Cinemagraph: A still photograph in which an element is animated with a small amount of video. A blend of cinema and graph.
The first cinemagraph was created and named in 2011 by husband-and-wife photographers Kevin Burg and Jamie Beck, who work in New York City.
Photo: Cinemagraph via Reverie Of Love http://tumblr.com/xhr3lulkpp— Cinemagraph (@Cinemagraphical) July 20, 2011
The first tweet from the Cinemagraph account.
In February 2014 Burg and Beck were interviewed by Time magazine about their invention. “I think of it as a living photograph,” Burg told reporter Joseph Lin. “It’s a photograph that has a living moment inside of it.”
Lin asked the pair how they came up with the name:
Kevin Burg: We were just playing with Greek roots. We were researching how they came up with the term photography. [Editor’s note: the word photographis generally accepted to have derived from the Greek terms photos, meaning of light and graphō, meaning I write.]
Jamie Beck: We had to give it a name because we’d go to a photo shoot and people kept saying, Make one of those moving things. I was so tired of people saying “that moving thing,” so we came up with a name for it.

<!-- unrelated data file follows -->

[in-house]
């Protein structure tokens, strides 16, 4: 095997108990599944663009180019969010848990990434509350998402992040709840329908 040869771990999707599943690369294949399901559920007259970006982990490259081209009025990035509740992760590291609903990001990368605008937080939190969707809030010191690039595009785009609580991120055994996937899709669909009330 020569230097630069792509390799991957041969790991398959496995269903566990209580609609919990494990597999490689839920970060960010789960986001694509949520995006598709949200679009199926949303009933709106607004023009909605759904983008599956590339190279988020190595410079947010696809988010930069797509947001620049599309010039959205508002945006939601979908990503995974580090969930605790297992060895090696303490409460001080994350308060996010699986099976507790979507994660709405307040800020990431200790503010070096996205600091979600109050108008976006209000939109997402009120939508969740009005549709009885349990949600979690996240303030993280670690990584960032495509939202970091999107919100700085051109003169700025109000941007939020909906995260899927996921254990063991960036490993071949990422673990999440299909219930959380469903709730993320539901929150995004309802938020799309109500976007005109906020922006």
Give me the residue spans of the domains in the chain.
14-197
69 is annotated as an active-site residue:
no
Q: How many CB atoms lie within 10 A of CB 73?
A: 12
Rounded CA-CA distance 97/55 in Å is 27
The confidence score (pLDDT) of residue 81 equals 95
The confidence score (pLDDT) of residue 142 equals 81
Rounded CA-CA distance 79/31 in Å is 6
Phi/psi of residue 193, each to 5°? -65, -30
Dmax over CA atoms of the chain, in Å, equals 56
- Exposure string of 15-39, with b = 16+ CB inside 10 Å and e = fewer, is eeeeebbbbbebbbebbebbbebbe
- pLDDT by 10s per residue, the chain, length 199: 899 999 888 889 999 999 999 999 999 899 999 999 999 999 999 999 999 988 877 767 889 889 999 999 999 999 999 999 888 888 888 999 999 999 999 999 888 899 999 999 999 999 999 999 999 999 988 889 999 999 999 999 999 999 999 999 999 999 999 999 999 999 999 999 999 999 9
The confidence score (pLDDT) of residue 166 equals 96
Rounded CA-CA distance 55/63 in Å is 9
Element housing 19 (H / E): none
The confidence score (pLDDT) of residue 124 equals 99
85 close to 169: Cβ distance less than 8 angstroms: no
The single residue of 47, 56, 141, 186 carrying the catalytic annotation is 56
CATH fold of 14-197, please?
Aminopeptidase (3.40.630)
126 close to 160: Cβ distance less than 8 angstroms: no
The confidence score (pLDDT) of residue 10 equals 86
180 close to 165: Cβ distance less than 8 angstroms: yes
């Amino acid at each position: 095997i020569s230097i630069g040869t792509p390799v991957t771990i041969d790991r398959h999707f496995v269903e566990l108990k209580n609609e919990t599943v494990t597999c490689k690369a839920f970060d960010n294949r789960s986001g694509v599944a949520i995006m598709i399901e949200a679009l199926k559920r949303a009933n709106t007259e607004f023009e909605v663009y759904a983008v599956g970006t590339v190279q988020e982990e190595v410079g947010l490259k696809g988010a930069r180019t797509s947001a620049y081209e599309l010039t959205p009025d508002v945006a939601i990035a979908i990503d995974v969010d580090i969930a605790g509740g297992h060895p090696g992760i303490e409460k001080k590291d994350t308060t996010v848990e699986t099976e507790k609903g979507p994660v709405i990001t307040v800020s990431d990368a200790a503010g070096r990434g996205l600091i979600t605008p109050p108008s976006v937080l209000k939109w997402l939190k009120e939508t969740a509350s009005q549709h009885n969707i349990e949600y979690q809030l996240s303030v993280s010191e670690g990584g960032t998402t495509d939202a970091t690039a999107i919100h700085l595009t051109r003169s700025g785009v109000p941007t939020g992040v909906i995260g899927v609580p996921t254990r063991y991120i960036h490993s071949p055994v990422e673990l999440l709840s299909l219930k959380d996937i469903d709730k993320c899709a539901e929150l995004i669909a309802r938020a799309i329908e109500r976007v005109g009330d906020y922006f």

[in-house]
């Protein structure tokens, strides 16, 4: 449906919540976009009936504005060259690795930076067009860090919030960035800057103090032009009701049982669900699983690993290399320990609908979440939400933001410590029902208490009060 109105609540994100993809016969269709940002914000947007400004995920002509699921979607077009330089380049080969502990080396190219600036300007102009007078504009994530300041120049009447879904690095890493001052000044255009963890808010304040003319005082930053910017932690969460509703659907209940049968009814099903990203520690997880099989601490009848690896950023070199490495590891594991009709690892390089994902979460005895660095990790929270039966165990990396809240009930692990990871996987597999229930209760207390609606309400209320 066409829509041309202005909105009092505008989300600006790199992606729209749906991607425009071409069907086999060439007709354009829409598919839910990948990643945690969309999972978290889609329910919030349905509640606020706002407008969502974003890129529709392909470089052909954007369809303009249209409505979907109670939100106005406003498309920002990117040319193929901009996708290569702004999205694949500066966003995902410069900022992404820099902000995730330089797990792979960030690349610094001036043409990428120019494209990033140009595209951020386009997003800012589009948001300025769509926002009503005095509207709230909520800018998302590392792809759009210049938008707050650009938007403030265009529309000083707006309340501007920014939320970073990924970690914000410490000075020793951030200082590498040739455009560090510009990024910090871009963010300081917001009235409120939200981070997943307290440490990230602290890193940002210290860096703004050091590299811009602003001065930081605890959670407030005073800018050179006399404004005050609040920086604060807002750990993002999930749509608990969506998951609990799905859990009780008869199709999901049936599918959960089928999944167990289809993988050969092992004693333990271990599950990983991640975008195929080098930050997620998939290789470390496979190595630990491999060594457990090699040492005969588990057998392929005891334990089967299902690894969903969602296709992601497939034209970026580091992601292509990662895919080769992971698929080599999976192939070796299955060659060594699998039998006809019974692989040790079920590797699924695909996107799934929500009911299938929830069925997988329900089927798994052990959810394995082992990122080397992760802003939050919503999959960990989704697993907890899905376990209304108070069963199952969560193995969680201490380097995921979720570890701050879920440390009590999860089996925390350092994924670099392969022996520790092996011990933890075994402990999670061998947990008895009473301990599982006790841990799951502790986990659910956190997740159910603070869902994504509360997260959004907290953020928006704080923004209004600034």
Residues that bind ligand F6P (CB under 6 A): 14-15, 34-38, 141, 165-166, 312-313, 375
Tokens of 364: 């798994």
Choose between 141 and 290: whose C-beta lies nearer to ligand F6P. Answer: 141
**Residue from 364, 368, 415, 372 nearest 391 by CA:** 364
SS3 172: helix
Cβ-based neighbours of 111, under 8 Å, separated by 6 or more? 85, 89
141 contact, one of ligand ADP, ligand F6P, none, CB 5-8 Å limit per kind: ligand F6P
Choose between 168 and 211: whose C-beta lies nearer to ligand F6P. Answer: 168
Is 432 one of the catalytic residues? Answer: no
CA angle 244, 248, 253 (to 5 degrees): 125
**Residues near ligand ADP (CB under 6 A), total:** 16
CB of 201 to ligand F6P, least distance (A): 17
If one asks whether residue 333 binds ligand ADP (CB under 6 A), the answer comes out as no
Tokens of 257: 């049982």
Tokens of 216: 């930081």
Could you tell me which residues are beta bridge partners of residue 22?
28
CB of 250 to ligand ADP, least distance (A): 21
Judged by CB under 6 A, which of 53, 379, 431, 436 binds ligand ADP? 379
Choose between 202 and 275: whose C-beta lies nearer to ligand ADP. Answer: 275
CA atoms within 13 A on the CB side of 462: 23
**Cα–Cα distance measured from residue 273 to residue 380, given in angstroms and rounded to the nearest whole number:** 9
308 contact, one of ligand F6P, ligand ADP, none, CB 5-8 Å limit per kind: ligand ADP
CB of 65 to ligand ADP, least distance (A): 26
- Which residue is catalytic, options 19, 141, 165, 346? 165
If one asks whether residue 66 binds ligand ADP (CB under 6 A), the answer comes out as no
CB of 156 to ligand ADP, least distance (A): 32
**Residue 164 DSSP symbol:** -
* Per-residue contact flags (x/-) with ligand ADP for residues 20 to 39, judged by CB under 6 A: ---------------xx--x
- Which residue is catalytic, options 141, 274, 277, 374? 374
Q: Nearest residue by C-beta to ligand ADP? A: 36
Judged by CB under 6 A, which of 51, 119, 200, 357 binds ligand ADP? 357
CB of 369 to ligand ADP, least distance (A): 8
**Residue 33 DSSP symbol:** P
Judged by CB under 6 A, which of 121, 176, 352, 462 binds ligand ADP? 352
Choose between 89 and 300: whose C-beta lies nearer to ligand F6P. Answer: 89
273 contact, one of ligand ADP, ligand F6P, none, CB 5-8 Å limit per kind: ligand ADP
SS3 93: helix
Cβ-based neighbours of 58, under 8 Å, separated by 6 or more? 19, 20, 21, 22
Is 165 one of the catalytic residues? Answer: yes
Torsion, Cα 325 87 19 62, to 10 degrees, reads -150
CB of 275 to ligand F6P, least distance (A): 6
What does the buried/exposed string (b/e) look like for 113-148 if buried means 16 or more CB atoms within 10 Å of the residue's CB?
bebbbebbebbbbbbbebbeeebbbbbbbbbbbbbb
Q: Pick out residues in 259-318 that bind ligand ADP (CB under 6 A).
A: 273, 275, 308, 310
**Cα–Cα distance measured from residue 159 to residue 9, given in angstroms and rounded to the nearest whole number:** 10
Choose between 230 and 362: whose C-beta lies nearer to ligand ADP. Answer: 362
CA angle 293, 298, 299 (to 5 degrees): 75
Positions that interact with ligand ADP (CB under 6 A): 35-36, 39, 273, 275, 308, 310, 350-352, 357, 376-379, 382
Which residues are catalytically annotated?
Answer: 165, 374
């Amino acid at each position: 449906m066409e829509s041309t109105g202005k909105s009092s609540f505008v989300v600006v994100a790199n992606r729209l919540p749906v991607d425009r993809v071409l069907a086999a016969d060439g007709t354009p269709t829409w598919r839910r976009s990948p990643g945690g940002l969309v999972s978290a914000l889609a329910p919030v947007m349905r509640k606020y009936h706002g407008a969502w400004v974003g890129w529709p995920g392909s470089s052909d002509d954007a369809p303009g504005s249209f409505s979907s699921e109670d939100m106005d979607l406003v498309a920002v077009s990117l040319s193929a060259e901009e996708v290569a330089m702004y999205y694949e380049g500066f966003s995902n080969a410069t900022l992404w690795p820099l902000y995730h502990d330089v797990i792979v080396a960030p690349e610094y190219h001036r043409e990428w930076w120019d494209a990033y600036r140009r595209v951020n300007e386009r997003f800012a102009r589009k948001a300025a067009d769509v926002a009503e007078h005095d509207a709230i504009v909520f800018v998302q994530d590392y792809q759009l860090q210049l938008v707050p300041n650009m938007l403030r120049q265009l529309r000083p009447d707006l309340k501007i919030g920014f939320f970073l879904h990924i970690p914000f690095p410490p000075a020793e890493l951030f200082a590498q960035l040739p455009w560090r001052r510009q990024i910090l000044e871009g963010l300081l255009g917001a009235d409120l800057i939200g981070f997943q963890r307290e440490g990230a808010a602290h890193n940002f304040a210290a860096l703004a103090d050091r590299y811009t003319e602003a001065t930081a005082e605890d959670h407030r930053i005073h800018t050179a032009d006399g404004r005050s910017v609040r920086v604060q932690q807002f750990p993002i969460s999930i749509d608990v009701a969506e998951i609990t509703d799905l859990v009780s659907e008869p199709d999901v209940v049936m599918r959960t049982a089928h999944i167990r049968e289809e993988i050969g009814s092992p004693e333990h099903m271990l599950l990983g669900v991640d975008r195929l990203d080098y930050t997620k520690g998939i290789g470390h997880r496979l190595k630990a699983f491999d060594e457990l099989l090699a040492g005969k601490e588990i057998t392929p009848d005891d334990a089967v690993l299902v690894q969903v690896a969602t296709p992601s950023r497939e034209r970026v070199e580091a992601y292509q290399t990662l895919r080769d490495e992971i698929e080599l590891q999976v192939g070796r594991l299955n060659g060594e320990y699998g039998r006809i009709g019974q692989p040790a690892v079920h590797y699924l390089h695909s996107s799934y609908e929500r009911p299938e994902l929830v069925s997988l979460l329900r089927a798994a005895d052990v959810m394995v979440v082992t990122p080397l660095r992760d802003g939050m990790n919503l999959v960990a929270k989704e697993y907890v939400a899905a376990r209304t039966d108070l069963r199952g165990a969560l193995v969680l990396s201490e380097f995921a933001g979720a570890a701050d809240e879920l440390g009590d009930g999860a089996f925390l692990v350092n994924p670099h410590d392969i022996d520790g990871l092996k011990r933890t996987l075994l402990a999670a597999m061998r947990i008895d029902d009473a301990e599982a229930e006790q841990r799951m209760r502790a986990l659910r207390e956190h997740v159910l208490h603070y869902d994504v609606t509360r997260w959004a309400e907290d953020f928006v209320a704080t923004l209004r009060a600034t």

KB: And calling it a GIF didn’t seem to work either, because a GIF can mean so many things. This is a specific thing with its own criteria. Its own medium.
JB: The name cinemagraph went generic overnight. I tweeted what we named it and it went crazy from there.
KB: By the time we talked to the trademark office, they were like, this is a descriptive, generic term.1
(GIF is an acronym for Graphic Interchange Format; it supports both static and animated images. The format’s inventor, Steve Wilhite, has insisted since the late 1980s that the acronym is pronounced jif, with a soft g.)
Burg and Beck successfully registered the cinemagraphs.com domain in March 2011.2 In August 2012, a rival company, Toronto-based Flixel (“Magical tools for visual storytelling”) filed for U.S. trademark protection of Cinemagraph for computer software (in the words of the filing: “compositing the photographs or the video frames into a seamless loop of sequential frames in such a manner that motion in part of the subject between exposures is perceived as a repeating or continued motion, in contrast with the stillness of the rest of the image”).
The filing was published for opposition on February 3, 2013, and on December 9, 2014, the trademark registration was awarded to Flixel.3
Nevertheless, confusion persists about whether cinemagraph is a generic term. In recent posts, both AdWeek’s AdFreak blog and Flixel’s own blog used lower-case cinemagraph to describe the “first ever cinemagraph TV ad,” created by Flixel for Pizza Hut. Here’s a short video about the making of that ad:
1 “Descriptive” and “generic” are distinct categories in trademark law. Read more in my post on the five types of names.
2 Warning to entrepreneurs: Registering a URL does not give you legal protection for your company or product name.